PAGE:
Tropical Storm Irene: How to Help or Get Help

Flooding of the Westfield River caused a portion of Cummington Road to collapse in West Chesterfield, MA. This is just one example of the widespread road damage in the region caused by flooding during Tropical Storm Irene on Sunday, August 28th, 2011. (Photo credit: Sienna Wildfield)

Megan McDonough of Colrain, MA writes:

Hi all –

It seems hard to believe that it was nearly two weeks ago that Tropical Storm Irene blew up the east coast.  Some people went out the next day and said “what was all the fuss about?” and others said, “Will my life ever be the same? I’ve never seen the water so high …”

Some families have lost everything.  Houses washed down creeks that became roaring rivers.  Homes flooded and damaged with mud.  Farmers with crops lost.  Towns with endless roads to repair.

I know it seems strange each day I’ve driven to work this week – slowing down to avoid the places in the road that have collapsed into the river, watching the national guard humvee’s gather at the town hall, wondering if the road will be closed because of repair construction, thankful that the power’s back on and the well pump working – but then getting into town and everything is completely normal.  As those of us continue with our lives un-interrupted, let’s not forget to help our neighbors struggling to recover.

Please spread the word.

Thanks,
Megan

Post-Irene Updates: Relief, Travel & Schools

Nan’s Post-Hurricane Irene Report

Post-Hurricane Irene Report

So I went down to Shelburne Falls to see all the looters. Big shopping baskets full of well-made crafts being pushed up the hills, disappearing into random houses – but there weren’t any. And I thought, “BOY, these people DO NOT know ANYTHING about hurricanes!”

The only person I saw get in trouble was a guy who walked across the iron bridge when it was blocked off. The cop kind of acted like he had stolen the bridge – he was darn sarcastic in his questioning about why the man thought he was better than anyone else and could walk across the roped-off bridge, but even then the mocked pedestrian was quiet and respectful in his answers. He didn’t shoot anyone, didn’t scream or do anything that would actually get him arrested. I don’t know about this place. Before the next hurricane I’m going to have to whip you guys into hurricane shape!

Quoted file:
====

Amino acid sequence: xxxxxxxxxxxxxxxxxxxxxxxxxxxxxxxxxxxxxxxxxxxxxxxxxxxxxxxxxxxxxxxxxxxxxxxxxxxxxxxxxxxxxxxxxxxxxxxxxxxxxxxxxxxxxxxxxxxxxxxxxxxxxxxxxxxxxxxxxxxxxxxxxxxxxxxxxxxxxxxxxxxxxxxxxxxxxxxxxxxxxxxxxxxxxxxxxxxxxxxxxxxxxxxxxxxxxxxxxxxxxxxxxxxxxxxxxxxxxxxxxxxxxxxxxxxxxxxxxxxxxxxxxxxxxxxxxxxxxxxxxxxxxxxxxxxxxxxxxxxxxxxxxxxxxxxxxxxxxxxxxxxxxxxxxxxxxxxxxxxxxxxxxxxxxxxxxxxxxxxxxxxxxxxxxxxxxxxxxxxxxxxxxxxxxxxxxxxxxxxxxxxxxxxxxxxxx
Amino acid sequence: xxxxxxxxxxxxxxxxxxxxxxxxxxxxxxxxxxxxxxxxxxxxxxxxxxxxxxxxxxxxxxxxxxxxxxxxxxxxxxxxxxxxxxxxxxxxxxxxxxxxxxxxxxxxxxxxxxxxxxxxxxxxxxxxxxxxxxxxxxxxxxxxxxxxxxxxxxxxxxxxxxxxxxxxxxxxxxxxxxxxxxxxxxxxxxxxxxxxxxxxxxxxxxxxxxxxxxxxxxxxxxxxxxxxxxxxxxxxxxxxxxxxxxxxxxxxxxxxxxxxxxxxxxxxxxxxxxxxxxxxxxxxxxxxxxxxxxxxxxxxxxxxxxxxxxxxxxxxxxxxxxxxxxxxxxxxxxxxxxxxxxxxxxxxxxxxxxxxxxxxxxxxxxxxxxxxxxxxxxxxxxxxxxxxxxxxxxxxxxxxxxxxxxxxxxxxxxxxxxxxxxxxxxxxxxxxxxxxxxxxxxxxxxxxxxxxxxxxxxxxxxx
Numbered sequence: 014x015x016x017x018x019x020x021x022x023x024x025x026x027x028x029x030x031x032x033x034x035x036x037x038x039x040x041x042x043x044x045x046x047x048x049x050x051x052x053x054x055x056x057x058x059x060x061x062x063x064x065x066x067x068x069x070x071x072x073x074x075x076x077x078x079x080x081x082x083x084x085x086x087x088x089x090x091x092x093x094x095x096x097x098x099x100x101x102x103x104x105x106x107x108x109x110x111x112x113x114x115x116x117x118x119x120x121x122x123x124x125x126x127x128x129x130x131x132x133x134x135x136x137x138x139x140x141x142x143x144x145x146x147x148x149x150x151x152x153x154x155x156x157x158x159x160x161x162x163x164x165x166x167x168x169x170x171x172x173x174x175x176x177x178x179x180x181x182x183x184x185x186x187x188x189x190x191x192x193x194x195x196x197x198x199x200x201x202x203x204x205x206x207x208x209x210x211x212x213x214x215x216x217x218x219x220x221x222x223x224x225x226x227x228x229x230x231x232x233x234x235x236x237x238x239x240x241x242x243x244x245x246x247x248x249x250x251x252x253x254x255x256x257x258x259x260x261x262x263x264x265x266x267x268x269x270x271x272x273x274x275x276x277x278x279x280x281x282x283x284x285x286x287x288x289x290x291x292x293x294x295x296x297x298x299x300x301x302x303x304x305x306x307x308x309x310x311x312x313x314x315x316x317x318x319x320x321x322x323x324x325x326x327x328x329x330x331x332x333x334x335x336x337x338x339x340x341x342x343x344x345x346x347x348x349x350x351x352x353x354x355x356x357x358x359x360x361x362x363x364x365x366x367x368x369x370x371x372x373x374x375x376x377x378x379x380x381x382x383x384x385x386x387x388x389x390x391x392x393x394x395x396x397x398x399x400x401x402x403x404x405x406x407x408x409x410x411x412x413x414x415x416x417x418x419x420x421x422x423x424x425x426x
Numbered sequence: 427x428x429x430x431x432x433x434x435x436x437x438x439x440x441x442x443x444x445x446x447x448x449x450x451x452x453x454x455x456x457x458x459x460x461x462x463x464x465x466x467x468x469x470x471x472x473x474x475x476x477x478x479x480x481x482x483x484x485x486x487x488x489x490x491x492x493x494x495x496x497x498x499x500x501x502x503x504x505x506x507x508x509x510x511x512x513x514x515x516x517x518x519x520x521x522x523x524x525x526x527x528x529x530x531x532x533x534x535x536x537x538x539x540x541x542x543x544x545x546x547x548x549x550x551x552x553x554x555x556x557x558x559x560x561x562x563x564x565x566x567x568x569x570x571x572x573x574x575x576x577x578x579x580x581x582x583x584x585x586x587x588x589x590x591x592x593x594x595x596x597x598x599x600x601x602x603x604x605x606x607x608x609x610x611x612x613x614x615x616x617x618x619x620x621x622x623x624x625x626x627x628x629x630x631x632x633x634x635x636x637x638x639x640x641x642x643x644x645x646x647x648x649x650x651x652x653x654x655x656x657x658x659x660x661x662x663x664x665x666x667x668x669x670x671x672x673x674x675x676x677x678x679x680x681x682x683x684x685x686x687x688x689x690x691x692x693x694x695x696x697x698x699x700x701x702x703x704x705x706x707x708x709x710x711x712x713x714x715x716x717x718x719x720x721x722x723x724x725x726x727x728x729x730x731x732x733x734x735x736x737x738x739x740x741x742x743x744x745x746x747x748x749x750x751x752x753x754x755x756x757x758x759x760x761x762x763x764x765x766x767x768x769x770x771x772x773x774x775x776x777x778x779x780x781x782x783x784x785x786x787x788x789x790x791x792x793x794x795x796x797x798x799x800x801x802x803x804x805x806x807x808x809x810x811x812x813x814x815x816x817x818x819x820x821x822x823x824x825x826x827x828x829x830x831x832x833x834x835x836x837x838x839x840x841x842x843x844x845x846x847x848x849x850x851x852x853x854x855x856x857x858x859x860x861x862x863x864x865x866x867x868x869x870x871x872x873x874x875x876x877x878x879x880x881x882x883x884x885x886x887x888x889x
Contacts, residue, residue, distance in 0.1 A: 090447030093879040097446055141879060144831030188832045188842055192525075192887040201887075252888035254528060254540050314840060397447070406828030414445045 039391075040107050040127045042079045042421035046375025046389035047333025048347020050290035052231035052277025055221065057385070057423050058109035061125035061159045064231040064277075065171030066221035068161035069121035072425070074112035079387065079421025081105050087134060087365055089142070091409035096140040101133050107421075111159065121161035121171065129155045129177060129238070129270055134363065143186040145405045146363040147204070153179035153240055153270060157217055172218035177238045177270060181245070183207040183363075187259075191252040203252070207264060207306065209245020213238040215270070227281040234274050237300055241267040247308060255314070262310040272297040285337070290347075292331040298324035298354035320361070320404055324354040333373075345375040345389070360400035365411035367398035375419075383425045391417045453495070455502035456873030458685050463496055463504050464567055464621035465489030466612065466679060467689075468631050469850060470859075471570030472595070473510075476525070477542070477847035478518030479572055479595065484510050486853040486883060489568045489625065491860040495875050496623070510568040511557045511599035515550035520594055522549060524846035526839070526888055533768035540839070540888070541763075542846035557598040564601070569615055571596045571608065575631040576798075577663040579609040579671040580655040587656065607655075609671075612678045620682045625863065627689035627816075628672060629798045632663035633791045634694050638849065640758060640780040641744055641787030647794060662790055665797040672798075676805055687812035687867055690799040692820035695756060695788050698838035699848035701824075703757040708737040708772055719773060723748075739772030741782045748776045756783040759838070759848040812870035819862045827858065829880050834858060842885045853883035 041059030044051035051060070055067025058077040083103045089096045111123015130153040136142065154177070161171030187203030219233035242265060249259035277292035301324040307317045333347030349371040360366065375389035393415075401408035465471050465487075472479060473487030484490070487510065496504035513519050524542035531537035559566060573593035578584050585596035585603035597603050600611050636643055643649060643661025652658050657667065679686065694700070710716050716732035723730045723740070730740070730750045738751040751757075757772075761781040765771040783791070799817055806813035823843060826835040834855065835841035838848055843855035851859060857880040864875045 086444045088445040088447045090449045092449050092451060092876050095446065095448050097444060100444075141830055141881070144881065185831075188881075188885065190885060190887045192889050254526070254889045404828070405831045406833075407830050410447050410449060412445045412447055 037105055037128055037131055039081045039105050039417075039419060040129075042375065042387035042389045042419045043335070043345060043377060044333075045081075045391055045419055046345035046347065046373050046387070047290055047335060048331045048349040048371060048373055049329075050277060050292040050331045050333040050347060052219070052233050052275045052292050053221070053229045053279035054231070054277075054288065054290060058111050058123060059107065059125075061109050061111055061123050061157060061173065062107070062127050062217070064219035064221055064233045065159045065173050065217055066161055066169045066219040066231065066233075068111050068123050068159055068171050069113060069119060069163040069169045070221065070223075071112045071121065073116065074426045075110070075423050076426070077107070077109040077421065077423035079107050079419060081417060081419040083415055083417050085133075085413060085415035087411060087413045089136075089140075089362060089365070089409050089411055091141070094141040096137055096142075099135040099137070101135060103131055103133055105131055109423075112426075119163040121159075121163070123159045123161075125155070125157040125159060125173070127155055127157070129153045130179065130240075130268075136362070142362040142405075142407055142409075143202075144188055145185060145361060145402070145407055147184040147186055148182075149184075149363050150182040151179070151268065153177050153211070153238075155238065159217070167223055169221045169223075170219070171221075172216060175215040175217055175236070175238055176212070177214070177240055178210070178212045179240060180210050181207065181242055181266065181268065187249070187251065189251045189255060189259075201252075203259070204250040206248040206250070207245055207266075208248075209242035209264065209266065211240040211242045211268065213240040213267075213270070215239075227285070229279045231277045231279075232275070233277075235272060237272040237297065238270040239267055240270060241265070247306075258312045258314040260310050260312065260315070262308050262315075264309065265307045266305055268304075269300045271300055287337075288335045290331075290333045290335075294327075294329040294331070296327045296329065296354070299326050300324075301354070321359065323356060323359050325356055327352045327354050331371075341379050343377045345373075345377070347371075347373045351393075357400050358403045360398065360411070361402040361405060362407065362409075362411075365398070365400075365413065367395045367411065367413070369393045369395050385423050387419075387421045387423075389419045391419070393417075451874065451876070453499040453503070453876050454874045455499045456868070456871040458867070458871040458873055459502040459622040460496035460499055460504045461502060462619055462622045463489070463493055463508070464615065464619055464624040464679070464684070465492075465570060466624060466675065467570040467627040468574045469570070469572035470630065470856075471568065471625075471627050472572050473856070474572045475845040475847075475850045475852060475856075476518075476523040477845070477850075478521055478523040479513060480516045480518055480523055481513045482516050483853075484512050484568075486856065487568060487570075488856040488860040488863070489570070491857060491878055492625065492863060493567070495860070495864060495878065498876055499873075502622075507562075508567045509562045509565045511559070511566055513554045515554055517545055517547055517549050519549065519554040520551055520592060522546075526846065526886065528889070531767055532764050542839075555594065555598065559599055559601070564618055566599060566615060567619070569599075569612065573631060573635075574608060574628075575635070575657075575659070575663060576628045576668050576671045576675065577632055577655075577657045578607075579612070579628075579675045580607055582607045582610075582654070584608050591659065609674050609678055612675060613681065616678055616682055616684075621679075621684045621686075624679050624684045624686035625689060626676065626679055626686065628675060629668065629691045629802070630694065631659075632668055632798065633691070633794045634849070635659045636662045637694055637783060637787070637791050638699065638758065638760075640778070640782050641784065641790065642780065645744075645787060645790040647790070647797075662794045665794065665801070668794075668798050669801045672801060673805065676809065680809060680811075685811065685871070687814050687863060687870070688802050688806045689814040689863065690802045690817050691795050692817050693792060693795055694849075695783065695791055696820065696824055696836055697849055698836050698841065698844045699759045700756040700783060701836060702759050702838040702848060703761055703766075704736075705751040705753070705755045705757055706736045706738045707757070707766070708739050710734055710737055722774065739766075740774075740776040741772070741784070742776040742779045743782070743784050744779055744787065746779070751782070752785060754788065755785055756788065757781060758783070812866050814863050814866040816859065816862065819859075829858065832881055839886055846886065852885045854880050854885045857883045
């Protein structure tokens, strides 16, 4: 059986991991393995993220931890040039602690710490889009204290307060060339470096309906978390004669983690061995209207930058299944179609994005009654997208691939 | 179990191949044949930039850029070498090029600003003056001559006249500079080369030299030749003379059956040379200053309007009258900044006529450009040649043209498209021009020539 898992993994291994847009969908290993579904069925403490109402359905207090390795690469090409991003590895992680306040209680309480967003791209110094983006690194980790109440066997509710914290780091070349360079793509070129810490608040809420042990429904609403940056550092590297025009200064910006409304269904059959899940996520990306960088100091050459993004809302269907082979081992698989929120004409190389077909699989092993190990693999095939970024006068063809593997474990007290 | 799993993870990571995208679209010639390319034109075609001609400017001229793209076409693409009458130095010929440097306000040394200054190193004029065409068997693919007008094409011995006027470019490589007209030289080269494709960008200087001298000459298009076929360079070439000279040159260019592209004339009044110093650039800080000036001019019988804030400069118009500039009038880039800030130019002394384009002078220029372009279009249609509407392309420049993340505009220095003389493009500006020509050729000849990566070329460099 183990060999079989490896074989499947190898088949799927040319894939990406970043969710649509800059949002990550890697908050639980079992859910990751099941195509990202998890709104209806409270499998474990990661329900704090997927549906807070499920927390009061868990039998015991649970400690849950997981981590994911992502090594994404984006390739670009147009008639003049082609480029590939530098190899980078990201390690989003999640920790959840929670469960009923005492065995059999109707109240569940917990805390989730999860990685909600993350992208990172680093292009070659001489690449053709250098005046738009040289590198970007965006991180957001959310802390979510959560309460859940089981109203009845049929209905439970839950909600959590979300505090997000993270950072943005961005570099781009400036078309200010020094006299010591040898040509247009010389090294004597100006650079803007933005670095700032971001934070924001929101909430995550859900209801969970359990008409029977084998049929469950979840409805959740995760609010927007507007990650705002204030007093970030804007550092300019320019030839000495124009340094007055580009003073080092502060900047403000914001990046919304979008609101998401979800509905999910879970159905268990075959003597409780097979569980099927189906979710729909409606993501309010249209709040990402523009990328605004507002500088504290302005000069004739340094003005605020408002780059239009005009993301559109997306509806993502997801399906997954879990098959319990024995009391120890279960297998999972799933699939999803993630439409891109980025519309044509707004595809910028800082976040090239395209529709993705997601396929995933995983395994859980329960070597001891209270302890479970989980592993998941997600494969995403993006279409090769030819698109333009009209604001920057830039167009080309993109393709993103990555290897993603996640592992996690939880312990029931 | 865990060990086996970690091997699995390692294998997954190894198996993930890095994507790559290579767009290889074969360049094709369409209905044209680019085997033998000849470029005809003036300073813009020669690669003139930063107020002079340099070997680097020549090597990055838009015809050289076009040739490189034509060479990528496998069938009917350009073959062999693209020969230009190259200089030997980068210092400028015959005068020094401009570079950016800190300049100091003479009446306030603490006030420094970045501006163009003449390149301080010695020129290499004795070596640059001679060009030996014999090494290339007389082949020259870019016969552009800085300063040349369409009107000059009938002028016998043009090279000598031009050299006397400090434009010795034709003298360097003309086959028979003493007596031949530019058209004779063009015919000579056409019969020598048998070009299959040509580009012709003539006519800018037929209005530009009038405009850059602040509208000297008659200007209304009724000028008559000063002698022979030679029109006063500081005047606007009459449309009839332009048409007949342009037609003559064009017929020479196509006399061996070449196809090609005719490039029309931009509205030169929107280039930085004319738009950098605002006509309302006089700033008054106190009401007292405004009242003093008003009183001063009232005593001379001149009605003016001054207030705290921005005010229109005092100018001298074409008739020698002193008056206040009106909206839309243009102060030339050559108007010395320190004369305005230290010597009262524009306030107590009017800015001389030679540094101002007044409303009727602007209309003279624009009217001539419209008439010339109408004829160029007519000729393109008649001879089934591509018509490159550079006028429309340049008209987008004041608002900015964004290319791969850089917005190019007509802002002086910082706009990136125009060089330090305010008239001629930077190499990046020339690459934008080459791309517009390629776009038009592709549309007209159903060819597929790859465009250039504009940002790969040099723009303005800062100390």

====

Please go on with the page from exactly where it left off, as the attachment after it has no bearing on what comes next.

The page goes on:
And so you can now add to your list of things not to trust:

  1. Creeks
  2. Hurricane forecasters who tell you EXACTLY what is going to happen! Because THEY DON’T KNOW! Hurricanes are capricious as creeks and, when you are looking for wind, they’ll turn a creek into a bulldozer. When a cataclysm is forecast for New York City, they’ll tiptoe past that and move an innocent quilt shop that never hurt anyone to the brink of a dam just for fun.

Read the rest of this entry »

Nan’s Hurricane Irene Report Update

Hurricane Irene Report Update

You know how much I love going overboard, well, you know this Cajun music festival we’re having on Thursday, September 1st with Joel Savoy and David Greely? Well, I just wanted you to get the full effect of the whole Louisiana atmosphere in late August, so we’re bringing this hurricane up to flavor the experience!

But I would also like to say that if a hurricane takes out this house over August 28th and 29th, then I am just going to avoid August 28ths and 9ths from here on out.

So I’m still not whooped up, but I am paying attention and you know, the great thing about hurricanes is that you don’t freeze to death when the power goes out, unlike in an ice storm.

Doug Field of the Ashfield Select Board just called a meeting to talk about what he knows and here’s what he got today in a 12:30pm conference call with FEMA and MEMA: (And remember, it’s their job to prepare you for the worst scenario, so here that is.)

  • Where: The whole state will be affected. The eye is expected to fall between Worcester and Boston. We’re on the west side, which is always the worst side of a hurricane. (We try to always do things right!)
  • When: Beginning late Saturday night, lasting all day Sunday.
  • Rain: They expect 5 – 12 inches of rain. Possibility of flooding, but Doug and Tom Poissant opened the dam on Ashfield Lake so that it could go down and be ready to refill.
  • Wind: with winds 60 – 80 mph. After the eye passes over the winds could go from 70 – 90 mph. A possibility of tornados.
  • How big: It should land in Connecticut as a Category 2 hurricane, and by the time it reaches here it should weaken to a Category 1 or a Tropical Storm.
  • And so: Gov. Patrick has already declared the state in a State of Emergency as of 1pm today, and has requested people not travel after 6pm on Saturday night. And that’s a good idea, since we don’t have to evacuate.

The Ashfield Fire Station will be open as a command center and they are looking to have Sanderson Academy open as a shelter, if need be.

But the thing you really might have to worry about is flying stuff – big stuff. Read the rest of this entry »

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